And in the case of those who outlast the rest and earn the title of most senior human, it is often a life well lived.

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PRESIDENT BARACK OBAMA: My fellow Americans, we are and always will be a nation of immigrants.

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On the first day for in-person early voting in Illinois, President Obama went to the Dr. Martin Luther King Jr. Community Center to cast his ballot.

"I'm so glad I can early vote here," he told the elections worker checking him in.

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If the Republican Party were to hang up a wanted sign for the new face of the party, the kind of person they need to help them connect with voters they've had a hard time reaching, Elise Stefanik may just be the person they'd find. She describes herself as a "big tent Republican," and House Speaker John Boehner recently held a fundraiser for her.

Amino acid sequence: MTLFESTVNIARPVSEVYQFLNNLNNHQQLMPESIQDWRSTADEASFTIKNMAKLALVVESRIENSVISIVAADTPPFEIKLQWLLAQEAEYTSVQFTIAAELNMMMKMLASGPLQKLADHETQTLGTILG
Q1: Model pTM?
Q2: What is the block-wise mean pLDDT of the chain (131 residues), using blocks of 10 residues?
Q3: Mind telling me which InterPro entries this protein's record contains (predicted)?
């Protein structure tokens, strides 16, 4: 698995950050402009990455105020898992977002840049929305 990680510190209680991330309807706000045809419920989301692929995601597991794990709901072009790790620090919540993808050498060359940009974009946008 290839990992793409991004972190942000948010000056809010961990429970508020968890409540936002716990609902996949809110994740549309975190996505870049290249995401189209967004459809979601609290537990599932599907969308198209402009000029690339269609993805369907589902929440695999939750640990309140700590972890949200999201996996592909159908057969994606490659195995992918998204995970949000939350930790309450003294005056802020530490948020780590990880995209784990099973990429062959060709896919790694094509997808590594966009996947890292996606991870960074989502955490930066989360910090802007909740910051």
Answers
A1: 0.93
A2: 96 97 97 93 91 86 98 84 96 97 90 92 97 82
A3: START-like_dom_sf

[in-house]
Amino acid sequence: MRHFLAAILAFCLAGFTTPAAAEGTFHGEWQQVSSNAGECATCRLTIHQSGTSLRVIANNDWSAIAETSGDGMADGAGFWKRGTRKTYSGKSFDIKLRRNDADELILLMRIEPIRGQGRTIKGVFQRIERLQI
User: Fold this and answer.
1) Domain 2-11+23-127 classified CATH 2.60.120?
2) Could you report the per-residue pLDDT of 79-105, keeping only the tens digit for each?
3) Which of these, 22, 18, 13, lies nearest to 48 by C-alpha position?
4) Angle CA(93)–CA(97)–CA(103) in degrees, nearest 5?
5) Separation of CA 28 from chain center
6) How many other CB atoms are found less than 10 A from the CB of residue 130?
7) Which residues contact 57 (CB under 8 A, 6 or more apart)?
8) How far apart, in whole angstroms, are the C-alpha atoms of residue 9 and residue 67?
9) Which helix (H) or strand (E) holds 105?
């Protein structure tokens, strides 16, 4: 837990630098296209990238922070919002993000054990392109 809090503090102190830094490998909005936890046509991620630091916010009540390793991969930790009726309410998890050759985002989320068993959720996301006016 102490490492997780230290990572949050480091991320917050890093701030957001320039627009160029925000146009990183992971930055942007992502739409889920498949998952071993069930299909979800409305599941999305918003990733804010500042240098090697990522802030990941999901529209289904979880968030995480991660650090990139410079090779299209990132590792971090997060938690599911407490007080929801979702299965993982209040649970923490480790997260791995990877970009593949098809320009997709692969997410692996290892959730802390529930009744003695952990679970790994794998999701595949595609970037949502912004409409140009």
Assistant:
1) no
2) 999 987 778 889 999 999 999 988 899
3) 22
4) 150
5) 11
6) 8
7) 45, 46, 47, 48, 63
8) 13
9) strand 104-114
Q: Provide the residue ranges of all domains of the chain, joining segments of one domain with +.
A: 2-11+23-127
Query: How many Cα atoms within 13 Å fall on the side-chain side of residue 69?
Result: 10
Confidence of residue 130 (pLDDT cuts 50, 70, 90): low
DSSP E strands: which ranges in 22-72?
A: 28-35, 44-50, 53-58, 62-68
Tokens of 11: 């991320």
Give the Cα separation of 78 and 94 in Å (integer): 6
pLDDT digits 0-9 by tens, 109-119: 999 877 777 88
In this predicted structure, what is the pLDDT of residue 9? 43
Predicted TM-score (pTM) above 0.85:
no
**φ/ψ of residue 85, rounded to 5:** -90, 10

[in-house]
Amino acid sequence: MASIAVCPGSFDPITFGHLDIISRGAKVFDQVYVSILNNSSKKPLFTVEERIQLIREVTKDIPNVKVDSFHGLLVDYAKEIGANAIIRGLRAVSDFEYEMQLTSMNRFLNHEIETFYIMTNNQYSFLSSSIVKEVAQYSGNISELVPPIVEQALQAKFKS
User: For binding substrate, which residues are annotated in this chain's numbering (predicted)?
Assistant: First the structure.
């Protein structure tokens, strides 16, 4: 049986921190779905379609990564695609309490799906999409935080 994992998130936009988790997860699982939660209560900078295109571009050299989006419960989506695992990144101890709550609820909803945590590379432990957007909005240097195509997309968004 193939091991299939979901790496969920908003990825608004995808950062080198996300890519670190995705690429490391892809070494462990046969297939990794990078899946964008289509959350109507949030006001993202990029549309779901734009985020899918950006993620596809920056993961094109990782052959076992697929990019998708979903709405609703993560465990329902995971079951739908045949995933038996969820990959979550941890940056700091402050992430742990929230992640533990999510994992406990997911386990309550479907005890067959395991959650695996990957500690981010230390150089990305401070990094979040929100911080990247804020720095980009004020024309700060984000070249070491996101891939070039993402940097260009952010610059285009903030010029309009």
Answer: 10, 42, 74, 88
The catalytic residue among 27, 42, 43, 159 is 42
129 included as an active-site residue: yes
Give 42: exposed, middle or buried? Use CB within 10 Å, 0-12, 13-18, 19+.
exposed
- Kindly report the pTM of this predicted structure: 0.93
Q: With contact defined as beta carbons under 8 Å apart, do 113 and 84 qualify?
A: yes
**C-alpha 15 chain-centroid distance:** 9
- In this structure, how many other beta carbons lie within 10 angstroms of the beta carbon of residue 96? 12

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At the Democratic party's annual Women's Leadership Forum Friday, Hillary Clinton delivered a message that could have come straight from the script being used by Democratic candidates all over the country.

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President Obama on Monday awarded the Medal of Honor, the nation's highest military honor, to two soldiers who served in Vietnam: Army Command Sgt. Maj. Bennie Adkins, who survived a harrowing battle and 18 body wounds; and Army Spc. 4 Donald P. Sloat, whose dying act saved his fellow soldiers.

In January 1970, President Obama said Monday, Sloat was on patrol with his squad in Vietnam.

President Obama arguably won the Democratic primary in 2008 because of his strong opposition to the Iraq war. Now he's arguing he doesn't need congressional approval to ramp up a bombing campaign in Iraq and expand air strikes into Syria.